Congress envisions unmanned aircraft sharing the skies with passenger planes by the end of 2015.
The Federal Aviation Administration named six teams across the nation that will host the development and testing of drones to fly safely in the same skies as commercial airliners.
The announcement represents a major milestone toward the goal of sharing the skies by the end of 2015, in what is projected to become an industry worth billions of dollars. But technical hurdles and privacy concerns remain in a regulatory program that’s already a year behind schedule.
“The test-site news is a glimmer of hope, but there is still much standing in the way of catching up to other countries that are ahead of us on this new technology revolution,” said Brendan Schulman, a New York lawyer who heads commercial drone practice for the law firm Kramer Levin.
The FAA will work with the chosen groups to get at least one drone site operating within the next six months. Out of 25 applicants, the winners are:
• The University of Alaska, which has a diverse climate and a variety of test sites, including in Hawaii and Oregon. The university plans to work on state monitoring, navigation and safety standards.
• The state of Nevada, which plans to study standards for operators and certification requirements. The state will also study how air-traffic control procedures will evolve to handle drones.
• New York’s Griffiss International Airport near Utica, which plans to research how drones and passenger aircraft will sense and avoid each other, to prevent collisions, particularly in the congested Northeast airspace.
• North Dakota Department of Commerce, which plans to develop airworthiness data and validate the reliability of links between pilots and unmanned aircraft.
• Texas A&M University in Corpus Christi, which plans to develop safety systems for drones.
• Virginia Polytechnic Institute and State University, which has test locations in Virginia and New Jersey, plans to test failure modes and technical risks for drones, to ensure they land safely if they lose their connection with a pilot.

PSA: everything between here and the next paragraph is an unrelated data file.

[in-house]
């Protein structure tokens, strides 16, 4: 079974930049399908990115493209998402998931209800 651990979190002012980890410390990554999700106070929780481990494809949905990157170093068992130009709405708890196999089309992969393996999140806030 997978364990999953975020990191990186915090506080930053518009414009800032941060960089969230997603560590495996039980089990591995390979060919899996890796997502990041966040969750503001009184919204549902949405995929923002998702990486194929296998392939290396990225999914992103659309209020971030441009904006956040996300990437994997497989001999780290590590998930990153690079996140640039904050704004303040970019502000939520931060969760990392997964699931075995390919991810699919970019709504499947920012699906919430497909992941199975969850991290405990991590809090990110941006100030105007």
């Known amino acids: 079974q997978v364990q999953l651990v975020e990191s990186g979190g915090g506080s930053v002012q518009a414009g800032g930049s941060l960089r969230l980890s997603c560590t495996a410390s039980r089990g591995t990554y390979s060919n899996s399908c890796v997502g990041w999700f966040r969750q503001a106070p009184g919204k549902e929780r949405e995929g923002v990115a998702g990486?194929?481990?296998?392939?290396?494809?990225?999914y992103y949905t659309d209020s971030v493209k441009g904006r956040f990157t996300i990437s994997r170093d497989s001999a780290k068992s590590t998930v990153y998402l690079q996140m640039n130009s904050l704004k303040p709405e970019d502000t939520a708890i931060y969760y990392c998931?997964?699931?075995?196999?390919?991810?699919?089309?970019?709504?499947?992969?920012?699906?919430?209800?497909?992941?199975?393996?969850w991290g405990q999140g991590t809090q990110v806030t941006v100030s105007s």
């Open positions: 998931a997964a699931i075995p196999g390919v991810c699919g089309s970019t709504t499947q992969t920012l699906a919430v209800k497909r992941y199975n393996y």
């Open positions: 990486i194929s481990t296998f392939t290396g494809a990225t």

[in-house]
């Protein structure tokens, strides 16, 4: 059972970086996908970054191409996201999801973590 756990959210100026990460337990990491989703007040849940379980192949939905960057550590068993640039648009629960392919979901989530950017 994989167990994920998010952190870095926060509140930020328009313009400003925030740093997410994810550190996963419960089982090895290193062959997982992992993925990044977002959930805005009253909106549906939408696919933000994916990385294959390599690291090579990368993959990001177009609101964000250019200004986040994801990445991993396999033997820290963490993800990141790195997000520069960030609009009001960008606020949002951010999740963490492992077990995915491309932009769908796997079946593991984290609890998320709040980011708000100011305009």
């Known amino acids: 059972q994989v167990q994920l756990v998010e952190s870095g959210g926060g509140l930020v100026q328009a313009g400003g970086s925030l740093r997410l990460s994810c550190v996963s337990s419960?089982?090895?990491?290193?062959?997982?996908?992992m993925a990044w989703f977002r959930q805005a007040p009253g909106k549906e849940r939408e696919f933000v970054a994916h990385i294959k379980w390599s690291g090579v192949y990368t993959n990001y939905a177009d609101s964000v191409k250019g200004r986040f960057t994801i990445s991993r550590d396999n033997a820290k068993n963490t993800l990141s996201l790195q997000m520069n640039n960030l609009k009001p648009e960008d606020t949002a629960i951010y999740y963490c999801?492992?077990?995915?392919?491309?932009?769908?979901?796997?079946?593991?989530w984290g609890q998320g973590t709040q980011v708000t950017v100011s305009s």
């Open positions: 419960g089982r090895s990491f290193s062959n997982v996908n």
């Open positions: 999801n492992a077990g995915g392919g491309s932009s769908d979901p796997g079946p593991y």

“These test sites will give us valuable information about how best to ensure the safe introduction of this advanced technology into our nation’s skies,” Transportation Secretary Anthony Foxx said.
The sites chosen are expected to attract economic development. The Association for Unmanned Vehicle Systems International, projected the industry will create 100,000 jobs and generate $82 billion in economic activity in the decade after the aircraft are allowed in general airspace.
“Today’s announcement by the FAA is an important milestone on the path toward unlocking the potential of unmanned aircraft,” said Michael Toscano, the industry group’s CEO.
Interest grew Dec. 1, when Amazon.com CEO Jeff Bezos announced his company is testing delivering packages using drones on the CBS TV news show 60 Minutes.
But drones are now severely limited. A hobbyist can fly a small aircraft several hundred feet off the ground. The FAA has approved several hundred permits for university research and public uses, including 80 law-enforcement agencies, and a remote pilot is required for each aircraft.
The FAA won’t contribute financially to the research, but will help the test site operators set up a safe testing environment. Airline pilots will be notified when and where drones are being flown, in case any tests go awry.
“Safety continues to be our first priority as we move forward with integrating unmanned aircraft systems into U.S. airspace,” FAA Administrator Michael Huerta said.
Huerta released a map on Nov. 7 for integrating drones into the national airspace. He said the FAA is developing a rule to be announced early next year for a wide range of smaller, civil drones.
While the FAA has required the test sites to follow state and federal privacy standards, the American Civil Liberties Union remains concerned about the standards that will actually apply.
“Someday drones will be commonplace in U.S. skies and, before that happens, it’s imperative that Congress enact strong, nationwide privacy rules,” said Catherine Crump, ACLU staff attorney.